The interface appears to be slightly modified from the original GUI elements we have seen in previous remakes of the game.  This implies that Square Enix is taking advantage of the touch screen to navigate menus as opposed to other ports and remakes which have centered around an overlay gamepad.

View more of the screenshots after the break.

State of NES Emulation

Niemann on Wednesday, 23 December 2009. Posted in Opinion

In 1983 the world of console gaming changed with the introduction of the Family Computer from Nintendo.  The Famicom (Family Computer) didn't find its way to North America, Europe, and Australia until 1985 as the Nintendo Entertainment System (NES); and singlehandedly ended the video game dark ages.  Today the Nintendo Entertainment System still ranks in the top ten of best-selling video game systems, and is by far the most emulated video game system.


Nintendo standardized the practice of producing the hardware and a small collection of software for their system, while licensing third-party developers to also produce games.  This gave the NES a huge software collection, launching the franchises of Super Mario Bros., The Legend of Zelda, Metroid, Mega Man, Castlevania, Final Fantasy, and Dragon Quest.  Individual classics include Duck Hunt, Golf, Teenage Mutant Ninja Turtles, Baseball, Tetris, and Excitebike.

Nescaline (NES Emulator in the App Store)

Niemann on Monday, 21 December 2009. Posted in News

Update: Nescaline has been pulled from the App Store.  No official word from the developer about the situation, although this was expected.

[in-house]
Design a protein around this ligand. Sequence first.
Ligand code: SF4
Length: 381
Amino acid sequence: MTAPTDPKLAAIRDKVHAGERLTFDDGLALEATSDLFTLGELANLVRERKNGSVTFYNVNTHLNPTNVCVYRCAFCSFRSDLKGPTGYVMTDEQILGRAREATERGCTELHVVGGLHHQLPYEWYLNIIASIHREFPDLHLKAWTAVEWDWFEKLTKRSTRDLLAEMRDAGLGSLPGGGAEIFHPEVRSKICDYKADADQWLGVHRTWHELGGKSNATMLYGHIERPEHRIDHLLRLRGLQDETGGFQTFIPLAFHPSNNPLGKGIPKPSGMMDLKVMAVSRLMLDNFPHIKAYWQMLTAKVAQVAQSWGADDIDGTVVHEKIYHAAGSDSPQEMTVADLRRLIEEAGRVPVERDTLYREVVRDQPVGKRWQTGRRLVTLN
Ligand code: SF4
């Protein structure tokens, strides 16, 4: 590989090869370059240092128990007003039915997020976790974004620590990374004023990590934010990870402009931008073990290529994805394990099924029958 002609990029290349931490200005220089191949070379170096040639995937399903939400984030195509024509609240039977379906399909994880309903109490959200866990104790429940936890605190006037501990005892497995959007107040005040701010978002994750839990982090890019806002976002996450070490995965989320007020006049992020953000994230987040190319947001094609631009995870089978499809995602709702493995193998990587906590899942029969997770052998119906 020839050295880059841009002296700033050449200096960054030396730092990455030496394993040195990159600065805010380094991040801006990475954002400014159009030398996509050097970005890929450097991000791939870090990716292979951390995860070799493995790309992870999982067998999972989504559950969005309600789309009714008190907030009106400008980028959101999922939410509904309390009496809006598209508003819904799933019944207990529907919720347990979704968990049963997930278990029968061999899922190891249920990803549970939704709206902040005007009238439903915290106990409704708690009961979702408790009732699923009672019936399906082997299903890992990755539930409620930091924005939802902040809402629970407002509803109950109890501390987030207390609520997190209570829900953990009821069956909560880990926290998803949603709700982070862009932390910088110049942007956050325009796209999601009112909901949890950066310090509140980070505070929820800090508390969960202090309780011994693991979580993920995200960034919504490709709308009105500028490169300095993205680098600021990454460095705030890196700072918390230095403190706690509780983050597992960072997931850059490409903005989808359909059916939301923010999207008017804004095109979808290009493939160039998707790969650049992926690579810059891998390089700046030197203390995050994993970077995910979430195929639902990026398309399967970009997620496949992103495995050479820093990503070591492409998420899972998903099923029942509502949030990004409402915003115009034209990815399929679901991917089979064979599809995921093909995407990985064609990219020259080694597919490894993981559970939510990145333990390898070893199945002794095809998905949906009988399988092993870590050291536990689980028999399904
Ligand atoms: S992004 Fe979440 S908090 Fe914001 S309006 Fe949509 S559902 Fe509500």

Emulation is not allowed through Apple's App Store; but today a Nintendo Entertainment System emulator called Nescaline [App Store] has appeared on the App Store.  Released by Jonathan Zdziarski, Nescaline comes with a handful of free games but actually allows you to load up your own NES ROMs (directly violating Apple's strict 'no foreign code' policy).  The download costs $6.99, but more importantly it might be available only temporarily (Apple has been known to remove downloads after further review).

The controls use the multi-touch surface of the iPhone, which makes quick-move games difficult (Battletoads, Mario, and Tetris are a bit more difficult).  Surprisingly, the Legend of Zelda has proven to be quite enjoyable after about five minutes adjusting to the new controls.

Rotating the device will also rotate the allowing for a slightly larger view in portrait mode.  Sound appears to have some problems, and various graphical glitches appear occasionally.  Overall, if you're looking for the first available true emulator on the iPhone (including the ability to load ROMs) this is it.  Discuss this in the forum.